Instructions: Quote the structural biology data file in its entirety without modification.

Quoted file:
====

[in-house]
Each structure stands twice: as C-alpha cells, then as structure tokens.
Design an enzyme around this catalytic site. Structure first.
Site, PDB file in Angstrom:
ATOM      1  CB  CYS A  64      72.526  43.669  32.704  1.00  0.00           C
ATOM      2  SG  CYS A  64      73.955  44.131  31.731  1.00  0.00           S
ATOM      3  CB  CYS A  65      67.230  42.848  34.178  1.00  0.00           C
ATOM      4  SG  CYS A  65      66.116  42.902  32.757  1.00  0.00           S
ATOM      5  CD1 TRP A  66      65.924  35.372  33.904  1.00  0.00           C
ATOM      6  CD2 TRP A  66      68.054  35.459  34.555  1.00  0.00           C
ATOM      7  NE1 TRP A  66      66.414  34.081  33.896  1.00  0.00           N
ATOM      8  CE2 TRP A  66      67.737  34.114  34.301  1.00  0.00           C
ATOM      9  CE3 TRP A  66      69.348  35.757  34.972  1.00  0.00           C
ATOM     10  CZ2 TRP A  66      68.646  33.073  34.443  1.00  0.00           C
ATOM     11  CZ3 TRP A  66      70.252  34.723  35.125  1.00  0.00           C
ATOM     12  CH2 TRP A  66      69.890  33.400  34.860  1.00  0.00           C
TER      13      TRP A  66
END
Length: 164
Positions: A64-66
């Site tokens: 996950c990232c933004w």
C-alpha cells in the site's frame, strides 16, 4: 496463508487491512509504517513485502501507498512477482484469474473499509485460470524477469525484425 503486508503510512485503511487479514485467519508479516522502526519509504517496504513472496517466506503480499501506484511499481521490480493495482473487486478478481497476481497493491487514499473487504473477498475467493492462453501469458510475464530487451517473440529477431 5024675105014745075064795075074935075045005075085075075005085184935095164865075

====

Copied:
[in-house]
Each structure stands twice: as C-alpha cells, then as structure tokens.
Design an enzyme around this catalytic site. Structure first.
Site, PDB file in Angstrom:
ATOM      1  CB  CYS A  64      72.526  43.669  32.704  1.00  0.00           C
ATOM      2  SG  CYS A  64      73.955  44.131  31.731  1.00  0.00           S
ATOM      3  CB  CYS A  65      67.230  42.848  34.178  1.00  0.00           C
ATOM      4  SG  CYS A  65      66.116  42.902  32.757  1.00  0.00           S
ATOM      5  CD1 TRP A  66      65.924  35.372  33.904  1.00  0.00           C
ATOM      6  CD2 TRP A  66      68.054  35.459  34.555  1.00  0.00           C
ATOM      7  NE1 TRP A  66      66.414  34.081  33.896  1.00  0.00           N
ATOM      8  CE2 TRP A  66      67.737  34.114  34.301  1.00  0.00           C
ATOM      9  CE3 TRP A  66      69.348  35.757  34.972  1.00  0.00           C
ATOM     10  CZ2 TRP A  66      68.646  33.073  34.443  1.00  0.00           C
ATOM     11  CZ3 TRP A  66      70.252  34.723  35.125  1.00  0.00           C
ATOM     12  CH2 TRP A  66      69.890  33.400  34.860  1.00  0.00           C
TER      13      TRP A  66
END
Length: 164
Positions: A64-66
């Site tokens: 996950c990232c933004w």
C-alpha cells in the site's frame, strides 16, 4: 496463508487491512509504517513485502501507498512477482484469474473499509485460470524477469525484425 503486508503510512485503511487479514485467519508479516522502526519509504517496504513472496517466506503480499501506484511499481521490480493495482473487486478478481497476481497493491487514499473487504473477498475467493492462453501469458510475464530487451517473440529477431 5024675105014745075064795075074935075045005075085075075005085184935095164865075